Combustible Celluloid
 
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With: Tom Hanks, Ewan McGregor, Ayelet Zurer, Stellan Skarsgard, Pierfrancesco Favino, Nikolaj Lie Kaas, Armin Mueller-Stahl, Thure Lindhardt, David Pasquesi, Cosimo Fusco, Victor Alfieri, Franklin Amobi, Curt Lowens, Bob Yerkes, Marc Fiorini
Written by: Akiva Goldsman, David Koepp, based on the novel by Dan Brown
Directed by: Ron Howard
MPAA Rating: PG-13 for sequences of violence, disturbing images and thematic material
Running Time: 138
Date: 05/04/2009
IMDB

Angels & Demons (2009)

1 1/2 Stars (out of 4)

Stallin' 'Angels'

By Jeffrey M. Anderson

The hype is already spreading, proclaiming that the sequel Angels & Demons is much better than its unbearably stupid predecessor The Da Vinci Code (2006), but like Public Enemy once warned, don't believe it.

Tom Hanks returns as symbologist Robert Langdon, who is once again called in to help solve a case. Apparently the "Illuminati" -- a powerful secret society hidden within the Catholic Church -- has returned and threatened to blow up the Vatican, as well as half of Rome. Their weapon is a stolen particle of anti-matter, which brings pretty physicist Vittoria Vetra (Ayelet Zurer) into the picture. Despite her knowledge and education, she apparently bought a cheap battery to stabilize the particle, one that only lasts until midnight. So the clock is ticking. To make matters more confusing, the pope has just died and a new pope has yet to be elected, so Camerlengo Patrick McKenna (Ewan McGregor) is more or less in charge. The head of the Swiss Guard -- in charge of pope security -- is Commander Richter (Stellan Skarsgard), and he seems generally perturbed by just about everything that's going on (I can't blame him).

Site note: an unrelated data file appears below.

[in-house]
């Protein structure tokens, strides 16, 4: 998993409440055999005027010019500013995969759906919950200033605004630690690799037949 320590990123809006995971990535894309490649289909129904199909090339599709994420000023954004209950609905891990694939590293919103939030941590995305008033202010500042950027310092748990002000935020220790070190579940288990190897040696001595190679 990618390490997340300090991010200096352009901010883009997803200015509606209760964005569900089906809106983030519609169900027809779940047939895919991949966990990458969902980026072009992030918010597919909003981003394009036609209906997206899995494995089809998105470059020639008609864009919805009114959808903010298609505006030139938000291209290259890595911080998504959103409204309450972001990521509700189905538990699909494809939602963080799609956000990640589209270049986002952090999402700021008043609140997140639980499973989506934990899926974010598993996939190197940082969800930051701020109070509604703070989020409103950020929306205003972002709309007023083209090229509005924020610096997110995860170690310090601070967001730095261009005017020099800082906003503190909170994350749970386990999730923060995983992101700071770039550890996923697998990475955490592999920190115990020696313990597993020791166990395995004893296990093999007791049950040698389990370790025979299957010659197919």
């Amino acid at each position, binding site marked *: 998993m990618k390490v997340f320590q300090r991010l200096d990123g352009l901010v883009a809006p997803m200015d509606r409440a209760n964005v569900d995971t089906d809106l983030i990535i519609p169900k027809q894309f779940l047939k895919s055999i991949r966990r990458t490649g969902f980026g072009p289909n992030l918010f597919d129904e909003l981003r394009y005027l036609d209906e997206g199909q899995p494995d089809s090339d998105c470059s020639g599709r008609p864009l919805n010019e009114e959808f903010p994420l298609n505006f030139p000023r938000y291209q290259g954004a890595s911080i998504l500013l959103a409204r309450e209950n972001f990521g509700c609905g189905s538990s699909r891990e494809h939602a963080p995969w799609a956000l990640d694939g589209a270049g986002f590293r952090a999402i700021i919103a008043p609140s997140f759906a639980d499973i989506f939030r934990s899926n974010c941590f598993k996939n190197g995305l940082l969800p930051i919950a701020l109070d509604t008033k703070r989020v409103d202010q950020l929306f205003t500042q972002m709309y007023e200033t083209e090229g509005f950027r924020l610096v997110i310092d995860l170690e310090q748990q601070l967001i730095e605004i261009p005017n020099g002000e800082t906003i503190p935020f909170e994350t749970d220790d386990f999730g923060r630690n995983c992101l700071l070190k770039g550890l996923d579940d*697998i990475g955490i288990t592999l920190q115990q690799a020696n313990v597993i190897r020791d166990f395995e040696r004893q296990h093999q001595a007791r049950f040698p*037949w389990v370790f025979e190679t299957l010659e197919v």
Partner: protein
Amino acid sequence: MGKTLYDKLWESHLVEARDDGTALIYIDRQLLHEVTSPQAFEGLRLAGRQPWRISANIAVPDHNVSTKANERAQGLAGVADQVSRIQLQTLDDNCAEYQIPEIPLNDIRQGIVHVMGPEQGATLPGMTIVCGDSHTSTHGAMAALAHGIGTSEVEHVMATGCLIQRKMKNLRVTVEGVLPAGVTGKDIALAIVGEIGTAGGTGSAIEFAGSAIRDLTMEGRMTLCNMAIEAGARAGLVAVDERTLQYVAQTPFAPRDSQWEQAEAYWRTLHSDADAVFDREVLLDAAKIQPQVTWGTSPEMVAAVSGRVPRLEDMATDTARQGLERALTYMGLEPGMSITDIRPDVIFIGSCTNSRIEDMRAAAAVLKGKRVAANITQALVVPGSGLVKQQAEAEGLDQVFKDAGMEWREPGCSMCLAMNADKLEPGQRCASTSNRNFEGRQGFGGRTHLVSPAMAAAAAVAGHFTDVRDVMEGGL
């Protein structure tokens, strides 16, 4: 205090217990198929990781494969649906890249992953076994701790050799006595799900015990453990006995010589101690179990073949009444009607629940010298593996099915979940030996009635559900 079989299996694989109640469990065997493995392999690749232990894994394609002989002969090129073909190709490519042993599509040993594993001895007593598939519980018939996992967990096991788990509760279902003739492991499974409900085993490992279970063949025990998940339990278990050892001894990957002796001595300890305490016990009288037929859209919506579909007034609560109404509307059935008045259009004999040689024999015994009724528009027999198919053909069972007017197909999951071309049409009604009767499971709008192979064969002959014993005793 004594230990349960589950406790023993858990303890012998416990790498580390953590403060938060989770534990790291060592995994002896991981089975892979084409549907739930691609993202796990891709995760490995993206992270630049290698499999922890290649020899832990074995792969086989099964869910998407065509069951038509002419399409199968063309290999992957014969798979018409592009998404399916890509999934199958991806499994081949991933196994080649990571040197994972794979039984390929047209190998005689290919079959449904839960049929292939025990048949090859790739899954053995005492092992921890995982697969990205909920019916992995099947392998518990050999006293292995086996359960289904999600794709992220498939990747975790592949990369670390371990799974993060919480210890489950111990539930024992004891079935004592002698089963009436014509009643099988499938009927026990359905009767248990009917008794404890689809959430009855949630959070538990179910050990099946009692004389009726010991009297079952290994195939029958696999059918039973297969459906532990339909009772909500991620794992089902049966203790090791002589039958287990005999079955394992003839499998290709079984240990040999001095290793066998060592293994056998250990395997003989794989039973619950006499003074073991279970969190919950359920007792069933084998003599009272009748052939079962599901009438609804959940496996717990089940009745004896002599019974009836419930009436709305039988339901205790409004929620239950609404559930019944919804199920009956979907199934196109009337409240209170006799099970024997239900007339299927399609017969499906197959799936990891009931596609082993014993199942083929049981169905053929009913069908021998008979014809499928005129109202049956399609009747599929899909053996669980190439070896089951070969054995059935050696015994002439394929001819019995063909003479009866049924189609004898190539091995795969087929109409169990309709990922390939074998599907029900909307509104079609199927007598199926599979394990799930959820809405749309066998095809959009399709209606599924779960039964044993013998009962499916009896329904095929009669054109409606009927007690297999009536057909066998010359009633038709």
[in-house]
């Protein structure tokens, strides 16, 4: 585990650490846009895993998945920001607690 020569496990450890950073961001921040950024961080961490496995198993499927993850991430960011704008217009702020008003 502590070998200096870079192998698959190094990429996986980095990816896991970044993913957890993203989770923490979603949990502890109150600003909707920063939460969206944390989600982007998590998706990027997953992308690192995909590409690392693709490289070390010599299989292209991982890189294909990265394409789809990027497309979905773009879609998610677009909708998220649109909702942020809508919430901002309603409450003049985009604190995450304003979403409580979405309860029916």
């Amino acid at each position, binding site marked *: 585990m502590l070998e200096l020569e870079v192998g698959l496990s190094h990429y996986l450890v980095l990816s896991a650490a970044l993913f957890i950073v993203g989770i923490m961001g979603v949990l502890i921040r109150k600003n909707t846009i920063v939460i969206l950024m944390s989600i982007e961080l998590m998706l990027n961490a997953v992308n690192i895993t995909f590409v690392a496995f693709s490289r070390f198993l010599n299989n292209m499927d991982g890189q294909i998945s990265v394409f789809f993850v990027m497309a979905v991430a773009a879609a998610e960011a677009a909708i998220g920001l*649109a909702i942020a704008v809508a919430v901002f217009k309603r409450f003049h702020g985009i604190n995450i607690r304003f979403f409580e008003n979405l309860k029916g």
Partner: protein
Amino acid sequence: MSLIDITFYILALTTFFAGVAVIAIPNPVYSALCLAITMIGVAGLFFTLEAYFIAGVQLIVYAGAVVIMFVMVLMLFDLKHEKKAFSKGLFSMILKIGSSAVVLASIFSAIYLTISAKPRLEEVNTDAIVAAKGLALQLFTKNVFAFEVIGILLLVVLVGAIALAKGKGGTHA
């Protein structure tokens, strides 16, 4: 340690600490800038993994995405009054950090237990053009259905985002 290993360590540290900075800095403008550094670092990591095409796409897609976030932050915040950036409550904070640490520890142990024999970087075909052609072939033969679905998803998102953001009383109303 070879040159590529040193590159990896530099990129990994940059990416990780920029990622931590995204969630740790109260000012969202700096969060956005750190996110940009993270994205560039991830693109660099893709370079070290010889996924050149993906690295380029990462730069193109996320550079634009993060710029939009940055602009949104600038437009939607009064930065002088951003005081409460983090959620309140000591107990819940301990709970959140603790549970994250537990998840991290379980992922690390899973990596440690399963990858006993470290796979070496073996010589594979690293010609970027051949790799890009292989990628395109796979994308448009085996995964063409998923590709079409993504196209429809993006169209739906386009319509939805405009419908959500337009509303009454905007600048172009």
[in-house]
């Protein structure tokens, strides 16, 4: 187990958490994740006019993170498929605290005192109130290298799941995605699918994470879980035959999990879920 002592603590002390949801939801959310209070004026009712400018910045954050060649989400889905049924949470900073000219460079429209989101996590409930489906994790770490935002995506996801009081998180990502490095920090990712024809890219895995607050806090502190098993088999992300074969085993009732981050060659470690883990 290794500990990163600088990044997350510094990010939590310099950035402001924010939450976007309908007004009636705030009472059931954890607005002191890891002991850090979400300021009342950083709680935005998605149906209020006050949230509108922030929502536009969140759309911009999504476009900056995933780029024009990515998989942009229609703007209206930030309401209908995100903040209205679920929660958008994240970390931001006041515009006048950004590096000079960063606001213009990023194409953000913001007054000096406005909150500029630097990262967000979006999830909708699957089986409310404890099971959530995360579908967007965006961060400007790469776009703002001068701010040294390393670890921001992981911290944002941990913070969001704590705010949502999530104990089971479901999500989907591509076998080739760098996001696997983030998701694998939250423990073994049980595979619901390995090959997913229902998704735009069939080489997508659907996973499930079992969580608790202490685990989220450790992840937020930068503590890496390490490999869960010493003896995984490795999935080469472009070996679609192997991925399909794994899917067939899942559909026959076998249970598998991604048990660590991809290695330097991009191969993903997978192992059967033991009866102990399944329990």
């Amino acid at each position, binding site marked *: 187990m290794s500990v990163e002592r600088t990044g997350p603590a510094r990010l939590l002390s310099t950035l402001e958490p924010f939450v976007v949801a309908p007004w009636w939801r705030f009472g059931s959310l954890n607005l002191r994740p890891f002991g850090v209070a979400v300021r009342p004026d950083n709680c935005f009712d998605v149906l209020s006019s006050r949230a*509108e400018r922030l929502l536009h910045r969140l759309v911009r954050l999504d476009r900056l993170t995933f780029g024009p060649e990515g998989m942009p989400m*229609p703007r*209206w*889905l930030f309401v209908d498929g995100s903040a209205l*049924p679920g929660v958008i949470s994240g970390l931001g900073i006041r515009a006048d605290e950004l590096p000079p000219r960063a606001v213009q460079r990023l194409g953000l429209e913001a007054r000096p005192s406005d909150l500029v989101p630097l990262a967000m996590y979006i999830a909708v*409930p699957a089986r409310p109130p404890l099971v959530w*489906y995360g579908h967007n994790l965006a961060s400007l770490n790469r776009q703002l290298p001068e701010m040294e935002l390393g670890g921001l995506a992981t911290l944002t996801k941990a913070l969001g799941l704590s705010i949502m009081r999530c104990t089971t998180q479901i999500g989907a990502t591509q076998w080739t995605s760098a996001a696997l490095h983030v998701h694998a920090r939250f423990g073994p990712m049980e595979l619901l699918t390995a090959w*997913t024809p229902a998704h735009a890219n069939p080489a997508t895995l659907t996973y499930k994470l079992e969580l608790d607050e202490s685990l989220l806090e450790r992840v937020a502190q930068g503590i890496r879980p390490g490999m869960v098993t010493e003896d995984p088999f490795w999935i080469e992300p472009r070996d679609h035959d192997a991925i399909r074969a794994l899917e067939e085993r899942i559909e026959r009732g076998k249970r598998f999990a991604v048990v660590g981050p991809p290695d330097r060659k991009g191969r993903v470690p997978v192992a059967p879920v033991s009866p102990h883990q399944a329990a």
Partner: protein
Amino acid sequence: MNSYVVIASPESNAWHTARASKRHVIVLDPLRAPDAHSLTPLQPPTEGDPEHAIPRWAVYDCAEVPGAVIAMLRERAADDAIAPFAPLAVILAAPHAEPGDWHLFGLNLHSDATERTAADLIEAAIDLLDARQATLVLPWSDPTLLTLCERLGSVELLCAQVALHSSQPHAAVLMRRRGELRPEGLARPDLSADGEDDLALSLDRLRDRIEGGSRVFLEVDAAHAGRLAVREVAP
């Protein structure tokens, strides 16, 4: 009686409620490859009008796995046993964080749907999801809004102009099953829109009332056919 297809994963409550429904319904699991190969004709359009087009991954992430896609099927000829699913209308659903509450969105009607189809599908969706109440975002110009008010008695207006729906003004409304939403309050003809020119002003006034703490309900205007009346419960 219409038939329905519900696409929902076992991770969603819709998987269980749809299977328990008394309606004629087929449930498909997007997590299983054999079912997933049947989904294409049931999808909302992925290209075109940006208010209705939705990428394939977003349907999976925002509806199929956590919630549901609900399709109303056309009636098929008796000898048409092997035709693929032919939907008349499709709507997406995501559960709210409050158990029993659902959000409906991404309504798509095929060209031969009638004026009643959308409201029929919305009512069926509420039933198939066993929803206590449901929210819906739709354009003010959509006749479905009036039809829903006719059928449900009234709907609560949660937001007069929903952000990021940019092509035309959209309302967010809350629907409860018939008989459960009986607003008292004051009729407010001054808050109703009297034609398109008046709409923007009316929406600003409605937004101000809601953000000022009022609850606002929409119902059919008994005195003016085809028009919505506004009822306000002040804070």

OK, so the bad guy has kidnapped four cardinals and has left them at four secret locations; Robert has one hour to find each location, and each one has something to do with one of the four elements, earth, air, fire and water. In the spirit of the last film, the characters repeat the four elements at least three times, so that even the dimmest audience member gets it. After that, Robert must find the anti-matter gizmo so that Vittoria can change her cheap battery.

Moreover, the Vatican has a live video feed of the anti-matter bomb, but it's a remote camera and they don't know where it is. So someone has the bright idea of turning off all the lights in the grid, one section at a time, hoping that the lights will go off in the video feed as well. Even though it should only take a few seconds to determine that the lights are off, the film instead uses this as a suspense stunt, waiting several long minutes while some idiot apparently sits there determining the difference between light and dark. Once again, the characters have to mention the light grid plan, out loud -- every time it happens -- just in case we forgot all about it. Sigh.